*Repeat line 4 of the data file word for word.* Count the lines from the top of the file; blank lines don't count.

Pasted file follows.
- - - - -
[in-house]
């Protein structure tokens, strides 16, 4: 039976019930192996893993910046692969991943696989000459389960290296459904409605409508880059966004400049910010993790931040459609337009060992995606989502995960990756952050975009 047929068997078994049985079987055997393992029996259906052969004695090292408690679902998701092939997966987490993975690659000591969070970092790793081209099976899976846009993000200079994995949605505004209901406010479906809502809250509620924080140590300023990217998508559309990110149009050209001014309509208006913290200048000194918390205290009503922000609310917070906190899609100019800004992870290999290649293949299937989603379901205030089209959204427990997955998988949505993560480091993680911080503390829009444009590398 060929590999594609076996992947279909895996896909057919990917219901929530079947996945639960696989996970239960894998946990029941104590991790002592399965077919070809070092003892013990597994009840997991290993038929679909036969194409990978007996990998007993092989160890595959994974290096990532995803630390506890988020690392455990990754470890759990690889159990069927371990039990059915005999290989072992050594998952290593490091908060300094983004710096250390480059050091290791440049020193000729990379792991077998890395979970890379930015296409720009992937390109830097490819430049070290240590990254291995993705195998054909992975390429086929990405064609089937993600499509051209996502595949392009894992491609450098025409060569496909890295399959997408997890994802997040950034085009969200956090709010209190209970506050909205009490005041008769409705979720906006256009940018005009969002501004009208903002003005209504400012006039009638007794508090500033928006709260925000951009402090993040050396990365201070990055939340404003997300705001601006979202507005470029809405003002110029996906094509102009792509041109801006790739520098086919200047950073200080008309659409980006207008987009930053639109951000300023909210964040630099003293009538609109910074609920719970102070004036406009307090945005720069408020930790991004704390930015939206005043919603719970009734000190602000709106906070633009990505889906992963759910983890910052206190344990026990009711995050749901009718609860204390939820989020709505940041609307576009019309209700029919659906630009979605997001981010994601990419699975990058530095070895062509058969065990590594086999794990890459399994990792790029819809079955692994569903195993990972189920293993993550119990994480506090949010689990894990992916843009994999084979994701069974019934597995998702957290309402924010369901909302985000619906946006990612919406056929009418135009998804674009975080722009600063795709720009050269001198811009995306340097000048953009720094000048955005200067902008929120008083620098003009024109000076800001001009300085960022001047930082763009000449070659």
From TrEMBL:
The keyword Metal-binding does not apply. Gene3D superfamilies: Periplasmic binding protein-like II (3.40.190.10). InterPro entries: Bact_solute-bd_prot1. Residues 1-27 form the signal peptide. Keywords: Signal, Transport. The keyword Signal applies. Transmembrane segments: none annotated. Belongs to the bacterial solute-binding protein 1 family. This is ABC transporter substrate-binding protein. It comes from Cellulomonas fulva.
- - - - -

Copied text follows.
The keyword Metal-binding does not apply. Gene3D superfamilies: Periplasmic binding protein-like II (3.40.190.10). InterPro entries: Bact_solute-bd_prot1. Residues 1-27 form the signal peptide. Keywords: Signal, Transport. The keyword Signal applies. Transmembrane segments: none annotated. Belongs to the bacterial solute-binding protein 1 family. This is ABC transporter substrate-binding protein. It comes from Cellulomonas fulva.